December 09, 2004

SIUC marks completion of overpass project

by Tom Woolf

CARBONDALE, Ill. - - Pedestrian walkways, parking lots and roofs, by their nature, are not very glamorous. But Southern Illinois University Carbondale officials and students took time today (Thursday, Dec. 9) to acknowledge the importance of a well-maintained infrastructure to the smooth functioning of a major university campus.

Chancellor Walter V. Wendler cut the ribbon to mark the completion of $1.3 million worth of repairs to the north pedestrian overpass, which spans U.S. Highway 51 and railroad tracks. The 1,150-foot overpass, built in the early 1970's, links east campus housing areas with the central campus. There is a second overpass to the south, near SIUC's power plant.

A structural study found that about 72 percent of the north overpass' deck structure had deteriorated due to moisture, and the study recommended complete replacement of the deck rather than patching.

Joining Wendler in the ceremony was Catherine A. Hagler, executive director of administration, and Joseph M. Robinson Jr., president of SIUC's Residence Hall Association.

The project, which began March 8, wrapped up this fall and included replacement of the concrete walkway, handrails, electrical wiring and Plexiglas panels.

"When we talk about the commitment to excellence on this campus, that includes providing excellent facilities," Wendler said. "It is our responsibility to ensure the safety and welfare of our students, staff and faculty, as well as the many members of the community at large who visit our campus on a daily basis."

He noted that several major undertakings on campus, including the new health facility, Morris Library expansion/renovation and the academic and training center for student-athletes, tend to overshadow projects such as the overpass repairs.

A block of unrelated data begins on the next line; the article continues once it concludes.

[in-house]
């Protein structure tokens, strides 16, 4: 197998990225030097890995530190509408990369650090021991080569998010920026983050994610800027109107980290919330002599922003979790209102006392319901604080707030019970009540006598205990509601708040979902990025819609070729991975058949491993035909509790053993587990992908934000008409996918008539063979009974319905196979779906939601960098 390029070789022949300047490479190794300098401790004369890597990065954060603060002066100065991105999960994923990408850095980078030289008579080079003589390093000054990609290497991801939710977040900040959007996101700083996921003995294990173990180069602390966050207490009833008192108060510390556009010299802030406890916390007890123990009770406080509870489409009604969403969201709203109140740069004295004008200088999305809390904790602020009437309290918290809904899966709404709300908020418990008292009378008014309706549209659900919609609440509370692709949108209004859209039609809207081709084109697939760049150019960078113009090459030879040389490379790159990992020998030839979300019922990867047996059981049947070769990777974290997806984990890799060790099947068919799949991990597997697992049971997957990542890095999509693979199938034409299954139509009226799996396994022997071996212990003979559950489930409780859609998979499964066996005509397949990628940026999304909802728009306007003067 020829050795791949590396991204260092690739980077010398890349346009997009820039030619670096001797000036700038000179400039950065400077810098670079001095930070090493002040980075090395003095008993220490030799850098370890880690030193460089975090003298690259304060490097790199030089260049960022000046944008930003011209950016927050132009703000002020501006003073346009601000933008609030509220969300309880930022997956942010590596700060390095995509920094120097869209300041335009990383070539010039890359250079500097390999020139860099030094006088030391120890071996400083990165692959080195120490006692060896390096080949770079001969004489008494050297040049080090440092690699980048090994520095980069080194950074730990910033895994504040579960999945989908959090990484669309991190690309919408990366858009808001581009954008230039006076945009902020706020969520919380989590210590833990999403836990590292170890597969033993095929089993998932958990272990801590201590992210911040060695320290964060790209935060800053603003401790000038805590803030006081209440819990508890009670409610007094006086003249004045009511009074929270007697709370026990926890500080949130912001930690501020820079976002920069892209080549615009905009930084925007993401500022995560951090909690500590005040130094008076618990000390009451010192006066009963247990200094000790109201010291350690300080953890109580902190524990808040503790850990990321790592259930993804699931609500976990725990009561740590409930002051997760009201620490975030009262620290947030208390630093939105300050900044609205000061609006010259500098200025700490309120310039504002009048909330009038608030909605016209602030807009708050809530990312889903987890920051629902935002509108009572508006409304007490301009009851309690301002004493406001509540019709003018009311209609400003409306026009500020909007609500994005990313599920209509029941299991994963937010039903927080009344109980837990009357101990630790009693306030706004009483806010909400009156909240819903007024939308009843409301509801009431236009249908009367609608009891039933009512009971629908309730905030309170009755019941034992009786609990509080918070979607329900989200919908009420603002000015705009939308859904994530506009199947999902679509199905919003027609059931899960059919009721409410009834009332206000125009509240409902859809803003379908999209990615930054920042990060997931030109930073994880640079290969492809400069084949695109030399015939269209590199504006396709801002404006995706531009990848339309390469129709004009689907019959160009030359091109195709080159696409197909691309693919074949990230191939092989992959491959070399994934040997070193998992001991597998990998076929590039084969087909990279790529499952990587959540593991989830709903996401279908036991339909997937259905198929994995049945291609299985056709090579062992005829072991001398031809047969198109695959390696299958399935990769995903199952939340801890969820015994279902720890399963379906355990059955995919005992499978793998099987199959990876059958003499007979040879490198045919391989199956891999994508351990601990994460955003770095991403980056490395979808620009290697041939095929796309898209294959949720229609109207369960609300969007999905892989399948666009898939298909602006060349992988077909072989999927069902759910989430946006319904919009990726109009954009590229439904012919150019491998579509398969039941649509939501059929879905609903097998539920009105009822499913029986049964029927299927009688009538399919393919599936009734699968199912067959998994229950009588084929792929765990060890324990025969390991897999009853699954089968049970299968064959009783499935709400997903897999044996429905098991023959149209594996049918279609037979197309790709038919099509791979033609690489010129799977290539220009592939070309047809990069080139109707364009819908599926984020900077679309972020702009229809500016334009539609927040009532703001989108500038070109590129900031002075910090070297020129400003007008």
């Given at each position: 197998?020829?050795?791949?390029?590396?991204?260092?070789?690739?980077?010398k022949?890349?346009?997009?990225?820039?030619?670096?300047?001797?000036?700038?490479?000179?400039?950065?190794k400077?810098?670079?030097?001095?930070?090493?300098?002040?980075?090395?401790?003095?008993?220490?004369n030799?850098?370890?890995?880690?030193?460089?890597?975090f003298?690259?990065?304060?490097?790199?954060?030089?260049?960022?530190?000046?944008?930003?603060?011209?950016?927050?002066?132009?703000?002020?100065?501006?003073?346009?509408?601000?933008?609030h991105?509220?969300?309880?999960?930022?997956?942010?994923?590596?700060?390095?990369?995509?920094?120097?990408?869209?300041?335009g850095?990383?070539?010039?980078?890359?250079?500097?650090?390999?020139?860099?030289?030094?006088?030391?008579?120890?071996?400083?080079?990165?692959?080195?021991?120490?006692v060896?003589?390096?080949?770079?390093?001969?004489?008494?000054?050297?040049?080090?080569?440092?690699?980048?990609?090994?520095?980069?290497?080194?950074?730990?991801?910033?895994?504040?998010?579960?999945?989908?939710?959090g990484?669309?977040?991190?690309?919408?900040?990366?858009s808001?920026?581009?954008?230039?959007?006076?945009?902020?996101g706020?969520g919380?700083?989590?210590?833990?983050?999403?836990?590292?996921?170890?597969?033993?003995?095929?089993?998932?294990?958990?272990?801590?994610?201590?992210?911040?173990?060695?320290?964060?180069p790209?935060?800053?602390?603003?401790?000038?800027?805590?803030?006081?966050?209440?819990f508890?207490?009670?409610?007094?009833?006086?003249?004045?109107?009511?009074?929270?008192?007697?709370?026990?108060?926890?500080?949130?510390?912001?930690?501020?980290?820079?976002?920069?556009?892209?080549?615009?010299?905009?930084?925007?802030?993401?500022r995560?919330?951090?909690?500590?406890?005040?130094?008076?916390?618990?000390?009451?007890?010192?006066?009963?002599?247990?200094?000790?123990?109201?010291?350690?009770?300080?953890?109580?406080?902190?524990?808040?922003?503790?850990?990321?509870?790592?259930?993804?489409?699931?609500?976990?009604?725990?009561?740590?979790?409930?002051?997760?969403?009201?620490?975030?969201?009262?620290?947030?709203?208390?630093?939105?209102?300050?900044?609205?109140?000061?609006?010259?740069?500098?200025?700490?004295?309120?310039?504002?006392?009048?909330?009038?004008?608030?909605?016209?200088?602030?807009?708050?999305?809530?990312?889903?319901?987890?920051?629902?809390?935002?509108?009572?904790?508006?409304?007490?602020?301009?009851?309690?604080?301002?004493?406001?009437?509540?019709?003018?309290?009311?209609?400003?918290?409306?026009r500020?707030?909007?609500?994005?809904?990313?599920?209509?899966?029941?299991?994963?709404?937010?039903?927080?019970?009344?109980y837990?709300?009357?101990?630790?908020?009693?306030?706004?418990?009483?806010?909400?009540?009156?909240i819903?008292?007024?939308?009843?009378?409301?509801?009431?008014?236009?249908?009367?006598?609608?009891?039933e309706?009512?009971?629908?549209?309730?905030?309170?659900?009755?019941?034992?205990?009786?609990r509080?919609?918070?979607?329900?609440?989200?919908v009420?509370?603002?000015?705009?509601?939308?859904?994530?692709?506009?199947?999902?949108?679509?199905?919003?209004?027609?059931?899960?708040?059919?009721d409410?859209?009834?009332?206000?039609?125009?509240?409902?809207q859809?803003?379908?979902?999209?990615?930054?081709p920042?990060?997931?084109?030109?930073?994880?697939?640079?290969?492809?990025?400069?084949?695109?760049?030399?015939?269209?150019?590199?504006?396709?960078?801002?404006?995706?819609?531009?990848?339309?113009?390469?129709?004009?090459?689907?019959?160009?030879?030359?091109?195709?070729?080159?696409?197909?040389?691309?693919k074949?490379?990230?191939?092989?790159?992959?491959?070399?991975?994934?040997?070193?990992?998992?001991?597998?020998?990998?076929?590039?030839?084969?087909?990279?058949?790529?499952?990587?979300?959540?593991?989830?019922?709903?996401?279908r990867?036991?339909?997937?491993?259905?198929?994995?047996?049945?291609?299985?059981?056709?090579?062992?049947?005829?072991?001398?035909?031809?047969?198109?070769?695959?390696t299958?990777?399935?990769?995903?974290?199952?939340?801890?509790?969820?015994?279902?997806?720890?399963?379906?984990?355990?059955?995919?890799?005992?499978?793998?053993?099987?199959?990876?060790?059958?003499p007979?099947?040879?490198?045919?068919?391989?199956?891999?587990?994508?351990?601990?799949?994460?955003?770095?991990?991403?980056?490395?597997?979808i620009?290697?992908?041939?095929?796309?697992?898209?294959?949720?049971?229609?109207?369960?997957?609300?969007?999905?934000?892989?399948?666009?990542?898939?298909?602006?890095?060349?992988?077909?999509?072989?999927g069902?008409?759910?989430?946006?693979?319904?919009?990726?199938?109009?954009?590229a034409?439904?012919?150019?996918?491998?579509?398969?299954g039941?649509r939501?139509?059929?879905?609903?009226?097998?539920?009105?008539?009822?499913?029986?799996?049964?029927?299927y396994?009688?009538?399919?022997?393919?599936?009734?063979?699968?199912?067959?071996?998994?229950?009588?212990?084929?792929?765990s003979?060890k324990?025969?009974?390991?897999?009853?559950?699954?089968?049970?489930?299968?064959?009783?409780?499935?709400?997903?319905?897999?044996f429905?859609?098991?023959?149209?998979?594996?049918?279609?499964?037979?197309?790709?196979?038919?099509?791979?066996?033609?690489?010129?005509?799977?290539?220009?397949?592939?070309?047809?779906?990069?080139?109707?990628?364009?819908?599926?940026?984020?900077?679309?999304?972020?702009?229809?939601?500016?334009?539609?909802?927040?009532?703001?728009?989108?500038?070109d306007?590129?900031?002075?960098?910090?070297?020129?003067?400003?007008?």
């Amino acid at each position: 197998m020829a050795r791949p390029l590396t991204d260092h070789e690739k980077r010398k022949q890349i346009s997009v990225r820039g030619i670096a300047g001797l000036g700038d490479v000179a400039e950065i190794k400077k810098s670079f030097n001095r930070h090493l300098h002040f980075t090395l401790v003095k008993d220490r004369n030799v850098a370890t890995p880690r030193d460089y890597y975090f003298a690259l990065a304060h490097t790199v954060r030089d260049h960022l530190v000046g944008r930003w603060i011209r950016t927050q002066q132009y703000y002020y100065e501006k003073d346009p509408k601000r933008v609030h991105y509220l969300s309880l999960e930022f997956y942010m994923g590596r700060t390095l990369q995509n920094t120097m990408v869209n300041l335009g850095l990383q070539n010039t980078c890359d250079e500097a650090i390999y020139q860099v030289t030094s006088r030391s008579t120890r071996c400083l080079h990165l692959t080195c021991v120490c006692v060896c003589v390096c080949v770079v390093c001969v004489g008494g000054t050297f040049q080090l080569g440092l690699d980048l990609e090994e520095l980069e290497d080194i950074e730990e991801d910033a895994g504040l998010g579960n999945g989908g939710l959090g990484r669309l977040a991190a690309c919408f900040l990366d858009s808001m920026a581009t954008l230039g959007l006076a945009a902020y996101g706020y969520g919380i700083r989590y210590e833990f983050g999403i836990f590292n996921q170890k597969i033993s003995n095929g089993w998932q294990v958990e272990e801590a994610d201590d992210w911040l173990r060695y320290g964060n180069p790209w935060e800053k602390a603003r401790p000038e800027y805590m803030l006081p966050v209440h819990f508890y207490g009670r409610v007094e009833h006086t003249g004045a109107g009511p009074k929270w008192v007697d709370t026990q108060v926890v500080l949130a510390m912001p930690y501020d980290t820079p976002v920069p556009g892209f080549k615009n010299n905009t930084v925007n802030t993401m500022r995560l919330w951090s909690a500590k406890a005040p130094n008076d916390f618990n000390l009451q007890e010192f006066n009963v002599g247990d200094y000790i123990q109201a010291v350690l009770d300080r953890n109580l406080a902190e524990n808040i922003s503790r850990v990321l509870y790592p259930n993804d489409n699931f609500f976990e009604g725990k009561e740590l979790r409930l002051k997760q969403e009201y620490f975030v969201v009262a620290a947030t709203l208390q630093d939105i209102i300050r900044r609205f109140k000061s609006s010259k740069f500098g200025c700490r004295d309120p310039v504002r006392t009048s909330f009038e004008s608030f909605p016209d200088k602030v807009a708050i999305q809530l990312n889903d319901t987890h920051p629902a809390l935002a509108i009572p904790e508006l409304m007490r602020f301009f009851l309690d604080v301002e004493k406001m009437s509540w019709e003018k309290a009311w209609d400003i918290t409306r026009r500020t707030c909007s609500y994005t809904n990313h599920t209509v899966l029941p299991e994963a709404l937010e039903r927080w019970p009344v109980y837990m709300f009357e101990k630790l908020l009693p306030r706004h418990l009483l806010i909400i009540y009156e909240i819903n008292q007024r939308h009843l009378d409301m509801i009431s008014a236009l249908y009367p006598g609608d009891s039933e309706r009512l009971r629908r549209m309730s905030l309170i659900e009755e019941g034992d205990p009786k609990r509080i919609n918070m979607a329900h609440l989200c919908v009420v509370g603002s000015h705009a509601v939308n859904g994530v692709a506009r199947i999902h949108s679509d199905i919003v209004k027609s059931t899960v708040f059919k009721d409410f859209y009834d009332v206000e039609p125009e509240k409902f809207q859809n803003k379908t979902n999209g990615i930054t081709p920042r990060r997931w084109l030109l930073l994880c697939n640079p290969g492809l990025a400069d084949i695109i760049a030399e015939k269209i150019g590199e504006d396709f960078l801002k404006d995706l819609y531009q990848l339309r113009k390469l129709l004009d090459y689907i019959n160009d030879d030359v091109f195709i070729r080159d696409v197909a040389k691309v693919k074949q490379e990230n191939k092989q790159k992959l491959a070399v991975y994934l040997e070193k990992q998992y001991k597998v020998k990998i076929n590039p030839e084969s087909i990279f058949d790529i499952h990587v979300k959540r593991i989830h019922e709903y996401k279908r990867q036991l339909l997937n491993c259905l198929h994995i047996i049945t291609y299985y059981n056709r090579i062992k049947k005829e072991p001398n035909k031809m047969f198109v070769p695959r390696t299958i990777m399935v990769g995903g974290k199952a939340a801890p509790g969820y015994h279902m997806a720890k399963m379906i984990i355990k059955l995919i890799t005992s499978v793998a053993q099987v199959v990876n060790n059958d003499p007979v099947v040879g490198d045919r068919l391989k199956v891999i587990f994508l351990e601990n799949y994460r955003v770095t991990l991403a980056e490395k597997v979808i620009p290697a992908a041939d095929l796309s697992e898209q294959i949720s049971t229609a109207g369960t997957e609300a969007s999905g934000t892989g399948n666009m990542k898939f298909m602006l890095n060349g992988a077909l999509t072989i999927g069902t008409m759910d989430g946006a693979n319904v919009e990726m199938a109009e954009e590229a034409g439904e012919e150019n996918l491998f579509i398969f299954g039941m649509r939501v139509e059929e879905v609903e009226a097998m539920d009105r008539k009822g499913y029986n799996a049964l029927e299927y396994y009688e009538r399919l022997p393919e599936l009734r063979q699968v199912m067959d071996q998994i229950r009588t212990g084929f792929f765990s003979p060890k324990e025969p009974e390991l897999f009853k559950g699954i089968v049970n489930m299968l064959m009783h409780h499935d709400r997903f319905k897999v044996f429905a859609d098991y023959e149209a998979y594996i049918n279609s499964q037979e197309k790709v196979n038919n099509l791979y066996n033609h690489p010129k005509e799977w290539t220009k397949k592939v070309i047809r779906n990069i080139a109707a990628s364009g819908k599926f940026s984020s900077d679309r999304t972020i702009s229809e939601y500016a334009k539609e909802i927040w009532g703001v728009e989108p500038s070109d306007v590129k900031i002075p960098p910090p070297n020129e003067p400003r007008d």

"We know the closing of this overpass created an inconvenience for people who use it on a daily basis," Wendler said. "But that was a small price to pay as part of our ongoing efforts to provide the safest living and learning environment that we can."

As part of SIUC's commitment to safety, Wendler announced that by early January, each overpass will feature two cellular phones programmed to call 9-1-1 in the event of an emergency. The phones will be located on both ends of each overpass. Estimated cost of the project is $25,600, with the chancellor's office funding $20,000 of the cost and the rest coming from University Housing. The housing division will cover monthly cellular service and any maintenance costs.

Robinson, a senior majoring in political science/pre-law from Waukegan, is a four-year member of the Residence Hall Association. He became president due to a resignation during his junior year, and won election to the post last spring.

"The north pedestrian overpass is more than a structure that delivers its passengers from point A to point B," he said. "This structure bridges a metaphorical gap between our campus' learning and living communities. For roughly 3,200 students, this bridge melds together two portions of their lives. Many make the trek to class in the morning and in the evening, return to the solace and comfort of their residence halls."

In addition to the overpass project, Hagler mentioned a variety of other essential infrastructure improvements either completed this year or planned in the coming months.

They include:

  • Relocation of the entrance to parking lot 47, located between the Public Policy Institute and the Neckers Building and across Lincoln Drive from the Engineering Building. The project, completed this fall, relocated the entrance 300 feet to the west along Lincoln Drive in an effort to enhance safety for pedestrians and motorists and offer some relief at one of the campus' most congested locations.
  • Construction of a small parking area west of Lingle Hall and the Arena to make it more convenient for people going to the ticket office. The parking area, completed in October, features six metered spaces, including one designated for handicapped parking.
  • Replacement of Shryock Auditorium's stage floor, completed in August. The new state-of-the-art floor, a 3/4-inch white oak surface, utilizes a "basket-weave" foundation. Three layers of crisscross supports sit atop neoprene pads, providing the kind of spring that reduces injuries to dancers.
  • Replacement of two entry canopies on the south side of Anthony Hall with copper metal canopies. Anticipated completion of this project is next spring.
  • Replacement of the fourth floor roof on Life-Science II and replacement of the northwest and southwest portions of the Shryock Auditorium roof. The work at Shryock will begin next week; expected completion of both projects also is next spring.

Enhancing campus safety is among the goals of Southern at 150: Building Excellence Through Commitment, the blueprint for the development of the University by the time it celebrates its 150th anniversary in 2019.